The Razor-Thin Yamaha ‘Lane Splitter’ Was Designed to Slice Through Traffic

It’s WAY more fun than using Waze.

BCR Yamaha SR400 Lanesplitter
Ben Chan

Ben Chan, courtesy of BCR Designs

Benji’s Cafe Racers founder Benjie Flipprboi had an epiphany while stuck in traffic en route to a meeting with a customer who was commissioning a custom built Yamaha SR400: this bike would be optimized for lane-splitting, the California-legal, traffic-beating practice of motorcycles riding between lanes of cars in traffic jams.

Ben Chan, courtesy of BCR Designs

The SR400 is the perfect foundation for such a design, as the air-cooled single-cylinder machine is a slim, trim throwback to the roots of motorcycling, with none of the superfluous add-ons that can make some bikes disappointingly fat.

Ben Chan, courtesy of BCR Designs

How narrow could the SR400 get, if that was the underlying design principle? The answer, as measured in centimeters, is reflected in its name, ‘Lane Splitter 54.’

Ben Chan, courtesy of BCR Designs

The bike’s hips were the starting point, so to convert it to runway model-thin, BCR Design cut away the rear subframe that supports the seat and replaced it with a narrower bolt-on stainless steel frame topped with a custom leather seat.

Ben Chan, courtesy of BCR Designs

Beneath the seat, Benji sculpted a teardrop-shaped exhaust tip, with a matching intake scoop just ahead of it.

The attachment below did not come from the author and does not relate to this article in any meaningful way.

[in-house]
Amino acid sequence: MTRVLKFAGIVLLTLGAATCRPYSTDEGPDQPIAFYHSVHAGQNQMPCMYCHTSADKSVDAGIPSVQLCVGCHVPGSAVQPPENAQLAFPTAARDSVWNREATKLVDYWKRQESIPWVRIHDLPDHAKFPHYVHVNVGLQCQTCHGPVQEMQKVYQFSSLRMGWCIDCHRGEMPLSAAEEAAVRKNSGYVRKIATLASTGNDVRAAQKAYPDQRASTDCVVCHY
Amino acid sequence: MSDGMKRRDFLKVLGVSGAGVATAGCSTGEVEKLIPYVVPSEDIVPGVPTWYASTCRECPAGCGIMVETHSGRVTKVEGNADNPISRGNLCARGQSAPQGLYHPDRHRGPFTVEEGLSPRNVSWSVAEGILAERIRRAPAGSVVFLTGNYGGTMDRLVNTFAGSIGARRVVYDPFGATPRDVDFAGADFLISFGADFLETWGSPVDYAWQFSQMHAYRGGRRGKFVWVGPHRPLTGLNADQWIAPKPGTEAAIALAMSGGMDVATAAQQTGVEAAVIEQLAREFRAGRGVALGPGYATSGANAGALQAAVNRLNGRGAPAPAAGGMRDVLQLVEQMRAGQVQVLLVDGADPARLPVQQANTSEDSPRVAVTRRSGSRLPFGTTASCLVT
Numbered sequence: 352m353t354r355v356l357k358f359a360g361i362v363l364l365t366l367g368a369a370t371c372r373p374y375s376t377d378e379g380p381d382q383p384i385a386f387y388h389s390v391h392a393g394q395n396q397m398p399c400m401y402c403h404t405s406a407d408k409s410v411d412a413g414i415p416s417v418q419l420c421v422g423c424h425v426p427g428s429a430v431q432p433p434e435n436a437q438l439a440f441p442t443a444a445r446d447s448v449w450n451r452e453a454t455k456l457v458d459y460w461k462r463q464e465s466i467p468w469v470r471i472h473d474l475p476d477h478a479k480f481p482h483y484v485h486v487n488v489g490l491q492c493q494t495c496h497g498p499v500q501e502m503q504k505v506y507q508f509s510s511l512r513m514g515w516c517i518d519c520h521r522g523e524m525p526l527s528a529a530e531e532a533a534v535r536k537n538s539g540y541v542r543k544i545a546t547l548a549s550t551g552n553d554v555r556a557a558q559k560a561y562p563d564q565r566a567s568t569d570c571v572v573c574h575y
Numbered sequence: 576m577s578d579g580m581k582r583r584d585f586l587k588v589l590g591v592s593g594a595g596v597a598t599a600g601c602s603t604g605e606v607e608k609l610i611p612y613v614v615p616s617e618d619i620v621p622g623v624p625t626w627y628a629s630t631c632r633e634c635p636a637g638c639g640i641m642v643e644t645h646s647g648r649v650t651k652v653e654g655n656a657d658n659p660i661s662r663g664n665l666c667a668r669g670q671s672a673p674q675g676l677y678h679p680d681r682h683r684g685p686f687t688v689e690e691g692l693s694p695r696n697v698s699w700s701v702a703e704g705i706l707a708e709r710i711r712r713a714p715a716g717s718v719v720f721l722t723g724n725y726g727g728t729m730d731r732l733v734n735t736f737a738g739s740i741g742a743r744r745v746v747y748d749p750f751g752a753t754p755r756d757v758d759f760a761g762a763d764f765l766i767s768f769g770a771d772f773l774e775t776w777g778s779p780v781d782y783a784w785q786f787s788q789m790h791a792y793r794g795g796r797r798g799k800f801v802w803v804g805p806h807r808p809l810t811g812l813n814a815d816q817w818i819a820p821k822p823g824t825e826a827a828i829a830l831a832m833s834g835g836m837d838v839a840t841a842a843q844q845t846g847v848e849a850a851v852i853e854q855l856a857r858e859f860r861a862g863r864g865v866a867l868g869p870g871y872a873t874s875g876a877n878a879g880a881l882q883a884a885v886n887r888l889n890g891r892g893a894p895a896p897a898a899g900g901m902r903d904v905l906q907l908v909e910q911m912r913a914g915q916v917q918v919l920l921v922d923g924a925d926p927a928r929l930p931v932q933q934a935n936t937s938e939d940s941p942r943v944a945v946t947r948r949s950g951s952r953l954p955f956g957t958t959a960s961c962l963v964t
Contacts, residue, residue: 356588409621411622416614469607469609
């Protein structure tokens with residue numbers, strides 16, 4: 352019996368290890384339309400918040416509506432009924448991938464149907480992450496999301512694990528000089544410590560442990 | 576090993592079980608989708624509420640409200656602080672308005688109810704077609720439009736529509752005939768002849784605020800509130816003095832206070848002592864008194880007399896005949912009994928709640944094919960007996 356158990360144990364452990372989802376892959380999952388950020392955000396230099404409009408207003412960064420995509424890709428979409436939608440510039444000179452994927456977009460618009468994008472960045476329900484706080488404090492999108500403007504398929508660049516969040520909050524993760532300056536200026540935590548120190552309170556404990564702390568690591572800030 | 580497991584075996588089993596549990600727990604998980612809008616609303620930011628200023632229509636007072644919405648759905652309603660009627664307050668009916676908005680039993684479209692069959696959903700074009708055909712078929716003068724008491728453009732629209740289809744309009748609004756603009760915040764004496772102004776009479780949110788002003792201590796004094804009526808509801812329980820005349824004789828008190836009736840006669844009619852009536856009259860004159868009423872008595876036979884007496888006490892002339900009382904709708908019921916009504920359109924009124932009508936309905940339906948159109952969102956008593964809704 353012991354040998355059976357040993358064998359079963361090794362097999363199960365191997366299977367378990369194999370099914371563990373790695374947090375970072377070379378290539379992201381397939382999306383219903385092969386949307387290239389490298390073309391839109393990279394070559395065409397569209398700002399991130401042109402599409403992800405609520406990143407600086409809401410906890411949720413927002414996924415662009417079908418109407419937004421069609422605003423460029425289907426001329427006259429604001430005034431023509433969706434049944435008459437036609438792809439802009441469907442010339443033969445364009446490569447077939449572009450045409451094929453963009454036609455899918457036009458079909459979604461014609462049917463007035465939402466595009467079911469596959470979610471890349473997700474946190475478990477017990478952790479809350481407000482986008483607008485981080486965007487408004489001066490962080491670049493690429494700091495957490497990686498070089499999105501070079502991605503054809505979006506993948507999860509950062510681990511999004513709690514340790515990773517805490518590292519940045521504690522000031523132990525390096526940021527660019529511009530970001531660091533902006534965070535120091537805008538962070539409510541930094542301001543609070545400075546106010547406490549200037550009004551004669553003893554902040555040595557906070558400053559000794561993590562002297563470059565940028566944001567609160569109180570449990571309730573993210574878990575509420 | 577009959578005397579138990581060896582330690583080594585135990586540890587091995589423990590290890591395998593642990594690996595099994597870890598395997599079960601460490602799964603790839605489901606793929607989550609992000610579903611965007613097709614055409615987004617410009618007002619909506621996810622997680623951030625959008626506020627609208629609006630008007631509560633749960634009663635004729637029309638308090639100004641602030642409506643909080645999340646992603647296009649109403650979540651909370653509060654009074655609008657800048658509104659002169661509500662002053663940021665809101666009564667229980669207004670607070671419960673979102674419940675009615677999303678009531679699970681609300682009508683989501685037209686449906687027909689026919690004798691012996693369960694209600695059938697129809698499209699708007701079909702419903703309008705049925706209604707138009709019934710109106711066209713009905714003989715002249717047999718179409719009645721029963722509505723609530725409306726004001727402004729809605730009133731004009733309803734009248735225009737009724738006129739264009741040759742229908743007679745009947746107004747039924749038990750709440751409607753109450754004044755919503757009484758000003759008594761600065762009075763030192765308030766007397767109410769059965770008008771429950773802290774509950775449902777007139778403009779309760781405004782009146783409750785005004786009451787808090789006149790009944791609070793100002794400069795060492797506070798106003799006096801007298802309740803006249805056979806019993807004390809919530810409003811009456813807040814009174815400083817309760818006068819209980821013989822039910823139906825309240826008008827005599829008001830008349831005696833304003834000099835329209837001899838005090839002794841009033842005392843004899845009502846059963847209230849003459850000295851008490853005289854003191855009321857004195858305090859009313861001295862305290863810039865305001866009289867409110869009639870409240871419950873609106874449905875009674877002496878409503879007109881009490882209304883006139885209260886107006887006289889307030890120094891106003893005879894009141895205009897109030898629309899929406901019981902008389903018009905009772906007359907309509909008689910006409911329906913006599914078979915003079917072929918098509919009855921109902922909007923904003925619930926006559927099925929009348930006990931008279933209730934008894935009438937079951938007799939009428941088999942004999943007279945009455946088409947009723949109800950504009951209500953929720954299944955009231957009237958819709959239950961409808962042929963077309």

Ben Chan, courtesy of BCR Designs

The whole assembly is designed to ride high above the rear wheel, with the resulting open space contributing to an airy, lightweight appearance.

Ben Chan, courtesy of BCR Designs

Check out the aluminum gas tank: it is hammered into a teardrop shape to enhance the bike’s art deco design theme. The scalloped shaped front fairing is also made of aluminum and mounts directly to the frame.

Ben Chan, courtesy of BCR Designs

The fork shrouds are stainless steel, while the ventilated front brake disc covers are aluminum.

All the hand controls are custom-fabricated and the throttle employs an internal cable to keep the appearance clean. 

Ben Chan, courtesy of BCR Designs

“This project was an exciting artistic challenge,” said Flipprboi. “Our final decision was to use the bike’s teardrop silhouette to inspire the downstream design decisions chosen for the subcomponents. Several other design paths were equally inspiring and worthy of pursuit. Perhaps one day, we will have the opportunity to pursue those other options.”

That sounds like an invitation for someone to open their wallet and commission a sequel to Lane Splitter 54.

Tags:

Dan Carney